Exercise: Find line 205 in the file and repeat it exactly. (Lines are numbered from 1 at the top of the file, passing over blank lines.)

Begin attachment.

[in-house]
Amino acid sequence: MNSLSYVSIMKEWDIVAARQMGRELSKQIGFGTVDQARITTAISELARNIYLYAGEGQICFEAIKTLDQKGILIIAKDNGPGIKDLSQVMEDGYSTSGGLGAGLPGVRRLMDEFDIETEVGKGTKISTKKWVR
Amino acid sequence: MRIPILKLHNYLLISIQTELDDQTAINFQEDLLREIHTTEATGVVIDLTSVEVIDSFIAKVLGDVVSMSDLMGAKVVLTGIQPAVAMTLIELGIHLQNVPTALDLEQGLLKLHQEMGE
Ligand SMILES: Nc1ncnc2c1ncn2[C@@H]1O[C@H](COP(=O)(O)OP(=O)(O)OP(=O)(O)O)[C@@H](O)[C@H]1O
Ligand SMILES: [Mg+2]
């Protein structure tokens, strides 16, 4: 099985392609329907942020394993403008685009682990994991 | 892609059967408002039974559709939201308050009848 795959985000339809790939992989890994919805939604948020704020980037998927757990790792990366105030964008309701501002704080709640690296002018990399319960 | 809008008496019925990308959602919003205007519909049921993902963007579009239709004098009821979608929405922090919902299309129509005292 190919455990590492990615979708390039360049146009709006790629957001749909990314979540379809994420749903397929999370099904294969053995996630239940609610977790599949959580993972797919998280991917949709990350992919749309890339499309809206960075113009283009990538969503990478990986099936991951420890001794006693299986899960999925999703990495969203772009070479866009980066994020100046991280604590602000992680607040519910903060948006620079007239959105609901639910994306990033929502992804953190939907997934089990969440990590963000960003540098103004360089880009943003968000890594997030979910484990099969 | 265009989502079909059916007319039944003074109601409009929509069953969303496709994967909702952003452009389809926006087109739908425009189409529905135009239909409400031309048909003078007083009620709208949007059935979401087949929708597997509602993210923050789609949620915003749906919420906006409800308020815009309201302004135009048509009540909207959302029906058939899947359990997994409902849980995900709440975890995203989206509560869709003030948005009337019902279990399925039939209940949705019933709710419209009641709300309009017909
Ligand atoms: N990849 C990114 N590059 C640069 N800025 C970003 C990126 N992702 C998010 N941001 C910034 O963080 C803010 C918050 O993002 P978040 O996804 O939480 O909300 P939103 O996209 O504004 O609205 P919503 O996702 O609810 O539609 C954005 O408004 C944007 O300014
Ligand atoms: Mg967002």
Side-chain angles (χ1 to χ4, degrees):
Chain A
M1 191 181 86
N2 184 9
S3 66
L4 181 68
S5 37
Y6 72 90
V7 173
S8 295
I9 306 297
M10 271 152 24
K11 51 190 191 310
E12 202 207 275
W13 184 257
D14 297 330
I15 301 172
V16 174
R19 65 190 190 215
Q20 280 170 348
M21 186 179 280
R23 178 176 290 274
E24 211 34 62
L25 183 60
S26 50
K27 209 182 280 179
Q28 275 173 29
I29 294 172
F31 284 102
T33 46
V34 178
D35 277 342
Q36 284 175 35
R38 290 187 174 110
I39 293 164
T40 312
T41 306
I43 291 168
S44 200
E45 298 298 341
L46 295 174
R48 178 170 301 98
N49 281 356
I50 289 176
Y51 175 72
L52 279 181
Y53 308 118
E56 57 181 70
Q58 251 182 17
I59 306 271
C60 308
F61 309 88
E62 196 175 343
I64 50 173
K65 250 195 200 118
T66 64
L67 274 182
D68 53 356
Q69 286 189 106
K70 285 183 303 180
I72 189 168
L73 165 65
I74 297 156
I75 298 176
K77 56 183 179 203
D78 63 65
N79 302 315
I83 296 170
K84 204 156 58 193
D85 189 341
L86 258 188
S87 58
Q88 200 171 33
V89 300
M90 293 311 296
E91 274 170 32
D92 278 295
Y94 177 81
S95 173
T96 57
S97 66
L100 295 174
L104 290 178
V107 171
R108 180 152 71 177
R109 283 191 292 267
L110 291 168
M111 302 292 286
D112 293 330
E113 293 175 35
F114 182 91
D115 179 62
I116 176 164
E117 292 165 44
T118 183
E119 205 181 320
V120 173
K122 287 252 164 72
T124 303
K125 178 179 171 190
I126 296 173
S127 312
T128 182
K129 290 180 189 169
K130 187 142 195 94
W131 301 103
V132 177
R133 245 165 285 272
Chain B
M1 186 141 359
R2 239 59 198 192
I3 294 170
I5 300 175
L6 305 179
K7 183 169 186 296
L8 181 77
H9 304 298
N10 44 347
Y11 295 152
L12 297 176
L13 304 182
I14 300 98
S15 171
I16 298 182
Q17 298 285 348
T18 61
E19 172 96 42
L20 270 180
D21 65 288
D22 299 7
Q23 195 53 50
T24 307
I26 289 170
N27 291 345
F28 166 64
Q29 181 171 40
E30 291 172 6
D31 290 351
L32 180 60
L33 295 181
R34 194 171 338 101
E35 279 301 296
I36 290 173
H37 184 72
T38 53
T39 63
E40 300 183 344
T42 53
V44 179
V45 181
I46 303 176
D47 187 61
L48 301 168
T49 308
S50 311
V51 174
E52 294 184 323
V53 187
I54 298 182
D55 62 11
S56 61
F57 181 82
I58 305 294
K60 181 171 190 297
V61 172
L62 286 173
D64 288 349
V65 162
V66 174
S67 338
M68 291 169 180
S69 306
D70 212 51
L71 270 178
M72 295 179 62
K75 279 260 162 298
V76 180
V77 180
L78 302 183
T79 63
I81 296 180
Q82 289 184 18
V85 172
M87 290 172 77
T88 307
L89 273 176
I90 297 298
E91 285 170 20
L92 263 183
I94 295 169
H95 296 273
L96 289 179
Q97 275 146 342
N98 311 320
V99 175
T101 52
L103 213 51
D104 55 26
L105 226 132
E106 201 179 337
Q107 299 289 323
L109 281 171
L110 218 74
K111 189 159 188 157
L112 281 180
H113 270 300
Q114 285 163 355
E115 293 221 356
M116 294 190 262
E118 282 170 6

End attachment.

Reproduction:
L103 213 51